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Old English Game Information

Old English Game - chicken Breeds | ქათმის ჯიშები | qatmis jishebi

Old English Game 1 - chicken Breeds | ქათმის ჯიშები | qatmis jishebi

Old English Game 2 - chicken Breeds | ქათმის ჯიშები | qatmis jishebi

Old English Game 3 - chicken Breeds | ქათმის ჯიშები | qatmis jishebi

Old English Game Qualities

The Old English Game is one of the most popular show chickens with fanciers, which is fortunate because they aren't spectacular in either of the other two aspects of being chickens i.e. eggs and dinner. While hearty birds, they don't provide a lot of meat, and they aren't very good layers at all. For Old English Games, it's all about showing them off. Just be prepared to face disappointment in competitions as their popularity means you're going to be going up against hundreds of contenders each and every time.

Old English Game Temperament

Old English Games are quick to be trained to their handlers, becoming friendly and calm almost instantly, making them a wonderful choice to have around children. Younger roosters will fight once in a while, but this is common with most any breed. In addition, the hens are so tolerant that they have no problem sharing space with even hens of other breeds. They are perfectly fine with little space and keep fairly quiet, so they are a good choice for a residential area.

Old English Game Appearance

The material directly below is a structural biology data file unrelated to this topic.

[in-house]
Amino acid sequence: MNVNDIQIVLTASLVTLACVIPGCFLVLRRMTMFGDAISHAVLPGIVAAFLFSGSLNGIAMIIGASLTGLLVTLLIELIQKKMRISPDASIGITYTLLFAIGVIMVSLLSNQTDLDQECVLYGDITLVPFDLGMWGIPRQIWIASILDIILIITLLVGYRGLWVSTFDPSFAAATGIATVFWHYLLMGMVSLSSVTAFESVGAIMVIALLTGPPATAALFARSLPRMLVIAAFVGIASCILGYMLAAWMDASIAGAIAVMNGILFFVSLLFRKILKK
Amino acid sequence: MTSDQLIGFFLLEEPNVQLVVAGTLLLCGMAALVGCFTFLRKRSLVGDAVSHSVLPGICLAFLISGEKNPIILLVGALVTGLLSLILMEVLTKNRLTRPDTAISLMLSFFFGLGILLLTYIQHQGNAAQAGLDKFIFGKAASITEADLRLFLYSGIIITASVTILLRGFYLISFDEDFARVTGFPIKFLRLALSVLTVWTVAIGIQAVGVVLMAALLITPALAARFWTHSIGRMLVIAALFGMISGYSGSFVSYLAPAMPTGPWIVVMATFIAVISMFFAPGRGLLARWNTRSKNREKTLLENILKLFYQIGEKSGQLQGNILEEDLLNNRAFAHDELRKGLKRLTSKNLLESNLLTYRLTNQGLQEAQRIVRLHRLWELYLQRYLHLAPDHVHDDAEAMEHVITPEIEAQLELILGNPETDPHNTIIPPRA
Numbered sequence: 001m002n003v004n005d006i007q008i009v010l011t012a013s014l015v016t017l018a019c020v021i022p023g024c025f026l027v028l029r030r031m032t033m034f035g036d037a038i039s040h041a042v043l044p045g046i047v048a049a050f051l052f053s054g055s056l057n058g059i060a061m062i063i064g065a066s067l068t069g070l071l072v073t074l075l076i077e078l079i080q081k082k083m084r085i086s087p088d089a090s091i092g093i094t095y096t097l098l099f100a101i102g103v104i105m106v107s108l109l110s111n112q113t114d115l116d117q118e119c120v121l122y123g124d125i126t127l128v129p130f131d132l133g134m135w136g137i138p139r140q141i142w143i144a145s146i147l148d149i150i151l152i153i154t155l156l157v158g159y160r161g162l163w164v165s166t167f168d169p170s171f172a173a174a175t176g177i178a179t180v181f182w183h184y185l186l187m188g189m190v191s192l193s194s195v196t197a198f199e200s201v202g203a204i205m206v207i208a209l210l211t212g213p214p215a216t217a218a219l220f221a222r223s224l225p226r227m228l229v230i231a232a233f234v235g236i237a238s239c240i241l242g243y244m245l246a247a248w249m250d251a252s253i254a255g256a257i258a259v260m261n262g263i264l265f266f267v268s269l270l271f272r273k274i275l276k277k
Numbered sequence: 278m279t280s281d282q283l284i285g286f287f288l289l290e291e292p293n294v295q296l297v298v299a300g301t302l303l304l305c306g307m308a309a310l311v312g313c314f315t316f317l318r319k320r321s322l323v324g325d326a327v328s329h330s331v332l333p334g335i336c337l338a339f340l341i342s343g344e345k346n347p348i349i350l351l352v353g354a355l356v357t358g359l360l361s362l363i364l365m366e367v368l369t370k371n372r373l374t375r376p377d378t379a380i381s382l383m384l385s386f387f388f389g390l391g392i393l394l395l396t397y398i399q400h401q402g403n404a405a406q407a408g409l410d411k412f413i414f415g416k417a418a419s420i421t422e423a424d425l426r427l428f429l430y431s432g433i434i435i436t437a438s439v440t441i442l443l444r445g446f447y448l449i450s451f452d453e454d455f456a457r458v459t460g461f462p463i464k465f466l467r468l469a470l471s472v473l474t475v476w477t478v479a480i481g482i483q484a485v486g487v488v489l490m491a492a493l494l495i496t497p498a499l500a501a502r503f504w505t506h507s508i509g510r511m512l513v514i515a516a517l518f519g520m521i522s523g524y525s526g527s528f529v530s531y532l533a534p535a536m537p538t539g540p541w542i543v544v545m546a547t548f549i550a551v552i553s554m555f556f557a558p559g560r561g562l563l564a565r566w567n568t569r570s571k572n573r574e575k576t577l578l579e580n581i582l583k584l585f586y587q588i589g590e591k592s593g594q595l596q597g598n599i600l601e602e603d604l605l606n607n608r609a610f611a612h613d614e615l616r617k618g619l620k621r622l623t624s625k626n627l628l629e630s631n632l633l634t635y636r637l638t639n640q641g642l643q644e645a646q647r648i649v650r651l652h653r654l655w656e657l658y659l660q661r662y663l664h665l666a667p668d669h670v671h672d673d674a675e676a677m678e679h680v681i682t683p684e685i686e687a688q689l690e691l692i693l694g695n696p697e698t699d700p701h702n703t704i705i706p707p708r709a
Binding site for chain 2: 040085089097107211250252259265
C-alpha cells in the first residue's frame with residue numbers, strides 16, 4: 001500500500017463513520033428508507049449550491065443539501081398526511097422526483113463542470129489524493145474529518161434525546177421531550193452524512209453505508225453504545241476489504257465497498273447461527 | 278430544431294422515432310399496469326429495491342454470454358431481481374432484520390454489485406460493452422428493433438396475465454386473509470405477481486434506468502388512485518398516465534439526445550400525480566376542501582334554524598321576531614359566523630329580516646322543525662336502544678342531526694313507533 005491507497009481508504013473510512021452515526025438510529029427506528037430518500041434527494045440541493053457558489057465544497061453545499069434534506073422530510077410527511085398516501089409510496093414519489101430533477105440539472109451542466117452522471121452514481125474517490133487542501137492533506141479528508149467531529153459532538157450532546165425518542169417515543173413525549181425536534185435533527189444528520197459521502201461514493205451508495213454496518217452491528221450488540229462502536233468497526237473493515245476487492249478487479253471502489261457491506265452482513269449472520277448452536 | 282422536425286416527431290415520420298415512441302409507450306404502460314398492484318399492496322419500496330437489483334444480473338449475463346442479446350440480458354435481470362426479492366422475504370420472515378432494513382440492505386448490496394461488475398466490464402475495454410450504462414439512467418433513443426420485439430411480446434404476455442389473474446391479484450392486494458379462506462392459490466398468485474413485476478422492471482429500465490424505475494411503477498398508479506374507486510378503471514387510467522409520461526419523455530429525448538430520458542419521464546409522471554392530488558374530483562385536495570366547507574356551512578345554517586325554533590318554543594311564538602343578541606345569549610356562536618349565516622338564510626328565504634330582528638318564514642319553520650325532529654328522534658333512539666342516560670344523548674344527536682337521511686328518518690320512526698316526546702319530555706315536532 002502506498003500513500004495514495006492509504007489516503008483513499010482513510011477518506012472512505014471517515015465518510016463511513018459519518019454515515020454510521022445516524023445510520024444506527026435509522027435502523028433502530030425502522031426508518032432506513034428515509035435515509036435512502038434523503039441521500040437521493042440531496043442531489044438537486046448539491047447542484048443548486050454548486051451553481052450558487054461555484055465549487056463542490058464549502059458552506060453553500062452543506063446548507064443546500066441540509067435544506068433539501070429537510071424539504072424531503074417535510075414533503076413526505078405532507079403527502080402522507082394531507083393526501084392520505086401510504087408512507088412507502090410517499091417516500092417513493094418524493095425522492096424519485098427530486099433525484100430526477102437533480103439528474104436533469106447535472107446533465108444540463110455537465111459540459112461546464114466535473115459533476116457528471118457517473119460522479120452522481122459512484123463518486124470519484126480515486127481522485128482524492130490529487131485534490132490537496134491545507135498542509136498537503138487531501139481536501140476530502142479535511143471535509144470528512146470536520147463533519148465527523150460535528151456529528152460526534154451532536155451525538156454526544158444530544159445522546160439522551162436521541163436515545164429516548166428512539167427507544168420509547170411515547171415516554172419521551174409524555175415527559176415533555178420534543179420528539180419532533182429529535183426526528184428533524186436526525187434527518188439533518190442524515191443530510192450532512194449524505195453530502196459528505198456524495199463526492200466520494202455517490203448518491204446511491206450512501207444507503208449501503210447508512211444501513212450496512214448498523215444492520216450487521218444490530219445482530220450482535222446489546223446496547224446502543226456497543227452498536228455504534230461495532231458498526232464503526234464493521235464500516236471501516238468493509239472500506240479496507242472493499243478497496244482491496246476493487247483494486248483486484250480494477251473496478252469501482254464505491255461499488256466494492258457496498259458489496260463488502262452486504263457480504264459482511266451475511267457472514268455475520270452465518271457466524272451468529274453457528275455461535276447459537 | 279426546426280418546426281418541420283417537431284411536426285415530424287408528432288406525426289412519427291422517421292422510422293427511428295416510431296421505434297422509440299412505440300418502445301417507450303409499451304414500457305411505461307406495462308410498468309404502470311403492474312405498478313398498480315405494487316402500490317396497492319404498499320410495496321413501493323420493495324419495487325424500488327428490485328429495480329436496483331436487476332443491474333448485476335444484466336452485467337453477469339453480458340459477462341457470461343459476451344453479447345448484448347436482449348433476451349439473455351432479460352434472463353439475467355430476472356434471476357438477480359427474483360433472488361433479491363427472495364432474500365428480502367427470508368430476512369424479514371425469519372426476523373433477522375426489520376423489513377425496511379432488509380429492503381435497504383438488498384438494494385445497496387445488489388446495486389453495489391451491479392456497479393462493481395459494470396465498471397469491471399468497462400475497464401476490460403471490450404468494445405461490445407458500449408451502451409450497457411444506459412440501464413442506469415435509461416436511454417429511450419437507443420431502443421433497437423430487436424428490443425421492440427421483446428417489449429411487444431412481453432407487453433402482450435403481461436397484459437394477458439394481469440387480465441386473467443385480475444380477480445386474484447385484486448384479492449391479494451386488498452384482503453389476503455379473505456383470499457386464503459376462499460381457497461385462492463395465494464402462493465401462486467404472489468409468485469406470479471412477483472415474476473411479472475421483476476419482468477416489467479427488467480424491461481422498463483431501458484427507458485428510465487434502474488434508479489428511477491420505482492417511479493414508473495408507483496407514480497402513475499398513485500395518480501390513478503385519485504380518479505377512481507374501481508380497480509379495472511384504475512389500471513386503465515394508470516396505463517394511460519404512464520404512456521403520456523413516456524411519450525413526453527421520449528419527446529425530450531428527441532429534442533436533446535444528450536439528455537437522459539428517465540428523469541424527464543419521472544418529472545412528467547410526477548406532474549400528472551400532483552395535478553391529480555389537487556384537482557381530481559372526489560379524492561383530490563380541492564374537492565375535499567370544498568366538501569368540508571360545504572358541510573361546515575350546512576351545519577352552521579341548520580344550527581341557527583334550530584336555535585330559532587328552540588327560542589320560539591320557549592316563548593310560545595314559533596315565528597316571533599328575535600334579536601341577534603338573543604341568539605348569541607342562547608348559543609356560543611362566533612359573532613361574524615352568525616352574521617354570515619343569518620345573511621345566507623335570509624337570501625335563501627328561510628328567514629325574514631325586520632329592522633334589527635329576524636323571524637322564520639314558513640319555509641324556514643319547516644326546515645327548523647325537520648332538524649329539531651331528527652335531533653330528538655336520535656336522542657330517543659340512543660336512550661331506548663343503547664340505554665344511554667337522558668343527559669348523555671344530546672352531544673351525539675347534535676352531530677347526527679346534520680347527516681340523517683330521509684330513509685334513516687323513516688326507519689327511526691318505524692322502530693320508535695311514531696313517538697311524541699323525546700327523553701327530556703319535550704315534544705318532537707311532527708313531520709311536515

Despite being a bantam and therefore small, Old English Games are strong, muscular birds with thick bodies with a smaller breastbone than most breeds. Their bodies adhere to a triangular shape with a sloping back line and a medium tail held at a semi-high carriage. They hold their wings tightly to their body with well-rounded shoulders. They have a single average-sized red comb, red ear-lobes, and red eyes. They have numerous colors schemes to pick from, none of which are considered better or worse than others in the fanciers circuits.

Old English Game Upkeep

Old English Games need very little to be happy. They get along with everyone and don't have any inherent problems to consider. However, while the hens are rather broody with their chicks and make great mothers, it is best to remove them from the rest of the flock until the mother is no longer broody and the chicks have begun to mature. Doing so will alleviate any problems that could arise otherwise.

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